That for sure wasn't any WCO that I ever witnessed before. I was sure hoping we would run to the outside more than we did. I was hoping we would throw at least five to eight yards and let the YAC take care of more yardage. I think Alex did just fine but I could have done what was asked of him. The question I have about Alex still remains unanswered. When I see Newton, Sanchez, and even Henne throw the ball I start getting upset with our system. Now if we ran the ball good then I wouldn't mind but we didn't. If we win with what we have then okay great but I don't see that happening. I still think it's too early to be critical, I was hoping to do that at the bye week. If our offense plays this week like it did against the Hawks I can't see us winning. There was a lot of positives that came out of the game tho and I am not talking about special teams.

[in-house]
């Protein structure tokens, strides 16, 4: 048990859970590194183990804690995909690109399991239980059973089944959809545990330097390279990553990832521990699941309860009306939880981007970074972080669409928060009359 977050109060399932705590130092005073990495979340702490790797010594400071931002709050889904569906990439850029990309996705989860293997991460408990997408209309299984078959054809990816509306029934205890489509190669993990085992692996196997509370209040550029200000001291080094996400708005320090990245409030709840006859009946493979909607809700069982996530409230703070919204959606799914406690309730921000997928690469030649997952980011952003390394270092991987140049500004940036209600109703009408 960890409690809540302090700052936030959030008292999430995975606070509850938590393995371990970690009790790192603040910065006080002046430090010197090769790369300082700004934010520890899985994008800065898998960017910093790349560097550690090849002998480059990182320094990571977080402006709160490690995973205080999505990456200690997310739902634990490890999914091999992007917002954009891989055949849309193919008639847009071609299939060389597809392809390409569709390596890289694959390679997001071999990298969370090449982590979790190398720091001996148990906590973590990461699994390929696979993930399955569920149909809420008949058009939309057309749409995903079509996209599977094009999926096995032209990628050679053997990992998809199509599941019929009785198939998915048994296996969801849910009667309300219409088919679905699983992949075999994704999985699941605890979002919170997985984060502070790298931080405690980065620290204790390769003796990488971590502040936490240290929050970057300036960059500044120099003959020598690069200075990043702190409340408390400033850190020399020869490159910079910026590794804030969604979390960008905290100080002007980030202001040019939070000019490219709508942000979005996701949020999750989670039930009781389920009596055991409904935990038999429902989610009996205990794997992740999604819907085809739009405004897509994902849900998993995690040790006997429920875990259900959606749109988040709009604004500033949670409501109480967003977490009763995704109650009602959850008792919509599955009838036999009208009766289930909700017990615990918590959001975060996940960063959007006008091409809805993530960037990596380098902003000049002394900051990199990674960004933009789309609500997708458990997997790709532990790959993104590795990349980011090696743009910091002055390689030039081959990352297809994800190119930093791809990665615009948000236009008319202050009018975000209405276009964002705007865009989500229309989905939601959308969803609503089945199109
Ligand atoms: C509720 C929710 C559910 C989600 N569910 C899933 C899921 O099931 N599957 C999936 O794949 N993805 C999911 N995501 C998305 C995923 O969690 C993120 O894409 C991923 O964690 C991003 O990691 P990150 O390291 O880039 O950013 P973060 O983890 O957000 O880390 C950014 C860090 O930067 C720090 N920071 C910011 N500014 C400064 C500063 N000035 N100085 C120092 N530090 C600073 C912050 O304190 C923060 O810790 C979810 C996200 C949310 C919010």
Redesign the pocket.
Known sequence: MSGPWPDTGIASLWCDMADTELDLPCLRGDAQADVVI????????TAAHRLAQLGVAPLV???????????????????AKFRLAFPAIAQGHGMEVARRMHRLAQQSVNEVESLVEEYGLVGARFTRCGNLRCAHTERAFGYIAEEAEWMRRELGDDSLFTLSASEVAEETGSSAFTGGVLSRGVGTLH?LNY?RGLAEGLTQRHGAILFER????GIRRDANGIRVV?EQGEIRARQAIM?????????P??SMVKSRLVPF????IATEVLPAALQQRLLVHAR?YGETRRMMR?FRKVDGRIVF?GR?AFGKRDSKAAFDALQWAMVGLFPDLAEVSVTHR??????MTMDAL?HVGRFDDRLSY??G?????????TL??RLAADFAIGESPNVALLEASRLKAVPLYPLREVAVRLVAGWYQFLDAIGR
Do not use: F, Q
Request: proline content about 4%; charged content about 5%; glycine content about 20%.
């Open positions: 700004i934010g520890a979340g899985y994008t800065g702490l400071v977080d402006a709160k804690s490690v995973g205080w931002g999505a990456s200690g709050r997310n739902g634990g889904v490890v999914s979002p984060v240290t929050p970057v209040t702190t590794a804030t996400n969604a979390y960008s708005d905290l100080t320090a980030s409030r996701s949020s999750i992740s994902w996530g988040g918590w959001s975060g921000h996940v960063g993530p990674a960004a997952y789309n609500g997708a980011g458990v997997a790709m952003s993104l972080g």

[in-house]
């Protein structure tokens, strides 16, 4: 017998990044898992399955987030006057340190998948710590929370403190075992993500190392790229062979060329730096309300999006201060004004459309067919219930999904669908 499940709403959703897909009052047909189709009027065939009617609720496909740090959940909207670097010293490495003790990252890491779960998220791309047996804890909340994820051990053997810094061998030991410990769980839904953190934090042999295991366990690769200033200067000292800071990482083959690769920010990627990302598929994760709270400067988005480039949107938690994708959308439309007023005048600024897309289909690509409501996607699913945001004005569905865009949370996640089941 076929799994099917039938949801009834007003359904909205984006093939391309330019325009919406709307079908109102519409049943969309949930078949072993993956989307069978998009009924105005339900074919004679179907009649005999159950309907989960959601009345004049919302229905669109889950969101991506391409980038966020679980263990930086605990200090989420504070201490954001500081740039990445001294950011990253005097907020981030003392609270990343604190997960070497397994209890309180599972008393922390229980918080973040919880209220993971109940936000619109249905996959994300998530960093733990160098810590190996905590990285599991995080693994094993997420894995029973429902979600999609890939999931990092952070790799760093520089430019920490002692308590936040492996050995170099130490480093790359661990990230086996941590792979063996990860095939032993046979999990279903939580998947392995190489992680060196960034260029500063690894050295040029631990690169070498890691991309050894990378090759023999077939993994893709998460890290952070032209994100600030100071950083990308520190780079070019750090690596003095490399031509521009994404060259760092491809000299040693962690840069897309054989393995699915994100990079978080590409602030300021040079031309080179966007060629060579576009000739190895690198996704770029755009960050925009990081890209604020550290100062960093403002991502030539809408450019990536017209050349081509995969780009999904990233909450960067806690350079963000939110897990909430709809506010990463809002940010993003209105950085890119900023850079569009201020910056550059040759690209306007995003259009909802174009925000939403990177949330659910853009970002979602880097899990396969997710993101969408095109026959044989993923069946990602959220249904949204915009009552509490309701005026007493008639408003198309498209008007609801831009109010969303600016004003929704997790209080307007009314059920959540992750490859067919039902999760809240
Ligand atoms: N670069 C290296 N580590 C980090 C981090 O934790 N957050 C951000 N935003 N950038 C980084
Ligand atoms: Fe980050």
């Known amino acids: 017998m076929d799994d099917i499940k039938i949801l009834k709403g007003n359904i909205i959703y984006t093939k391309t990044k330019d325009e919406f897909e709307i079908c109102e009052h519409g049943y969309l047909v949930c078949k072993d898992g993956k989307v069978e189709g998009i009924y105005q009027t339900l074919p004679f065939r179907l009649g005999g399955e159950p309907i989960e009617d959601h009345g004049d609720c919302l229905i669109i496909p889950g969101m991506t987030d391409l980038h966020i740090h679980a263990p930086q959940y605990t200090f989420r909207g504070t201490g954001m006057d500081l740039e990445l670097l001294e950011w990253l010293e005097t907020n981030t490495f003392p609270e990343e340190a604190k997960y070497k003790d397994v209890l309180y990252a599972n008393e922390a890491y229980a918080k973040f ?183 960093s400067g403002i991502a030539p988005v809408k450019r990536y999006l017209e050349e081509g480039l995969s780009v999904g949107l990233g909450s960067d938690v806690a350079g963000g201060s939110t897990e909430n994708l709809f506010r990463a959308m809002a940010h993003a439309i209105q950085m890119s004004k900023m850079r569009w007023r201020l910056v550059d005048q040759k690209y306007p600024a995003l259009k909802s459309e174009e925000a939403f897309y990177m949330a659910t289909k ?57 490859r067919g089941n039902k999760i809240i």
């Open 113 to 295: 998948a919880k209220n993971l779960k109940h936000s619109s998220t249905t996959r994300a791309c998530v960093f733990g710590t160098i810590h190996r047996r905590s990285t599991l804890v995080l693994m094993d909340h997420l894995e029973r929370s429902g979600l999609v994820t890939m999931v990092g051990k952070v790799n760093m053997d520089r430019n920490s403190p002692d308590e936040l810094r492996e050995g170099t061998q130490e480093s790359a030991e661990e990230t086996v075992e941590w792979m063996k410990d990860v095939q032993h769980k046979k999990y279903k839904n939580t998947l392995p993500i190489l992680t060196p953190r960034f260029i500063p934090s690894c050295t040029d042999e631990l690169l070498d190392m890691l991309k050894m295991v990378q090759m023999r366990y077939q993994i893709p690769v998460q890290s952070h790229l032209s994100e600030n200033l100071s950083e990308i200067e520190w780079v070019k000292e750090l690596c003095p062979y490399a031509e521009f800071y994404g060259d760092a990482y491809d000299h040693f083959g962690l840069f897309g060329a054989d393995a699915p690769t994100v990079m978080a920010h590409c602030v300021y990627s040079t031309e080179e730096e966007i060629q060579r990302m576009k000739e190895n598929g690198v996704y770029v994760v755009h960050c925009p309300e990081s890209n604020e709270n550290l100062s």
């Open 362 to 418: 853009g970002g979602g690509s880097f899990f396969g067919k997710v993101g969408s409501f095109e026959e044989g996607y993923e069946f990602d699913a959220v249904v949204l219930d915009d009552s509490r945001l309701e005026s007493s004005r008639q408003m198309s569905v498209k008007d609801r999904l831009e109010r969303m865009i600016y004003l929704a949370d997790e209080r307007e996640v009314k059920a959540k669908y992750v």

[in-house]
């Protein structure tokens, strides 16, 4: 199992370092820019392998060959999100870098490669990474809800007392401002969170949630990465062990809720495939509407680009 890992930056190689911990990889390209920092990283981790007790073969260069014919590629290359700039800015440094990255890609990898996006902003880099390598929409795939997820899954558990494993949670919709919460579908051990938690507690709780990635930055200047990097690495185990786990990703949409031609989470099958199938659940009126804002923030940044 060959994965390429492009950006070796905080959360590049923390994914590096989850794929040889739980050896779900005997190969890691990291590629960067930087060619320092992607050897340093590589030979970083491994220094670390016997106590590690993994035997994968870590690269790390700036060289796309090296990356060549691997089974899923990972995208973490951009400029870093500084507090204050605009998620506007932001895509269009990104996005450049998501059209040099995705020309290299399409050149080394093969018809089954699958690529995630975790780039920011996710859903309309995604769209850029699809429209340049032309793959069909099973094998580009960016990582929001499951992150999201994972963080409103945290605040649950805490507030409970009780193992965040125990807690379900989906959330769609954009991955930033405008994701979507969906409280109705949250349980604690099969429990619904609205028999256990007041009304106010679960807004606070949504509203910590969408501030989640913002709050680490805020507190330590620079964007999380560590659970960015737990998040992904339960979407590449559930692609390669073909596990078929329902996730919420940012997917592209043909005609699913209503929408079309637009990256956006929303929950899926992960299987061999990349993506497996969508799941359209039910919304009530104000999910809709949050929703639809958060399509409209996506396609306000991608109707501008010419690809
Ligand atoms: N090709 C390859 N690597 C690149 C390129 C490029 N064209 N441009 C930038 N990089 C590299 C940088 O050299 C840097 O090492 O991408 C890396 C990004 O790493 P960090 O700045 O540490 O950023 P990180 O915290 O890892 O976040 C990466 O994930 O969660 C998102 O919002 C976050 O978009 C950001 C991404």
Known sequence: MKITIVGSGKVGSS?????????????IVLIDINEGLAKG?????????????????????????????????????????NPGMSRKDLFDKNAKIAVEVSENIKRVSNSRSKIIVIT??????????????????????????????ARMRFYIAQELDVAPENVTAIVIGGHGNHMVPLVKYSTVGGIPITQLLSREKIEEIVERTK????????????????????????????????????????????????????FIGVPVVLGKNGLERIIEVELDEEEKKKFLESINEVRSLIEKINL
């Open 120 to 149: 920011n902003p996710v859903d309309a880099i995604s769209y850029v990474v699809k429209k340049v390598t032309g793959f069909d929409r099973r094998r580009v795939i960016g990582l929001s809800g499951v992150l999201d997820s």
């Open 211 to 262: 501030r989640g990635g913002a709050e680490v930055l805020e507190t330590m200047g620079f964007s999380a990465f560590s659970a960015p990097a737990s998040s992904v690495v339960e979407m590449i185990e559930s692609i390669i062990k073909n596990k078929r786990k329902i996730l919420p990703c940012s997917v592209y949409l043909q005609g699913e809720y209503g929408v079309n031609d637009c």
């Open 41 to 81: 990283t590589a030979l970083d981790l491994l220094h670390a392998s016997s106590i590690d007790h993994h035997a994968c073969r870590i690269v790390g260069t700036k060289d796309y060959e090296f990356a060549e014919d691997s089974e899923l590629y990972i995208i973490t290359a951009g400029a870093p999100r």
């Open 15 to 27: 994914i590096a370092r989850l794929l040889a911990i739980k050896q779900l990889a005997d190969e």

Sep 13, 2011 at 2:21 PM
  • Terry B.
    Steve, there is nothing more tiresome than the argument that only those who coach or play the game are qualified to comment on it. You don't need to be a coach or player to offer an opinion on running the ball seven times on third down. That's cowardly, play-not-to-lose football. If the only valid opinons are from those who coach the team or create the game plan, then I don't know what you're doing at this site since no one who coaches the 49ers writes for this site. I totally disagree with your argument that this column offered personal frustration rather than good commentary. An example of bad commentary is what Dallas Niner Fan wrote below. The easy column to write would have been "we won, all is good." For anyone with two eyes and half a brain, it is clear that all is not good. That's what's refreshing about this article. I don't just want to read mindless, pointless cheerleading. Despite the win, there are a lot of reasons to be worried about this team.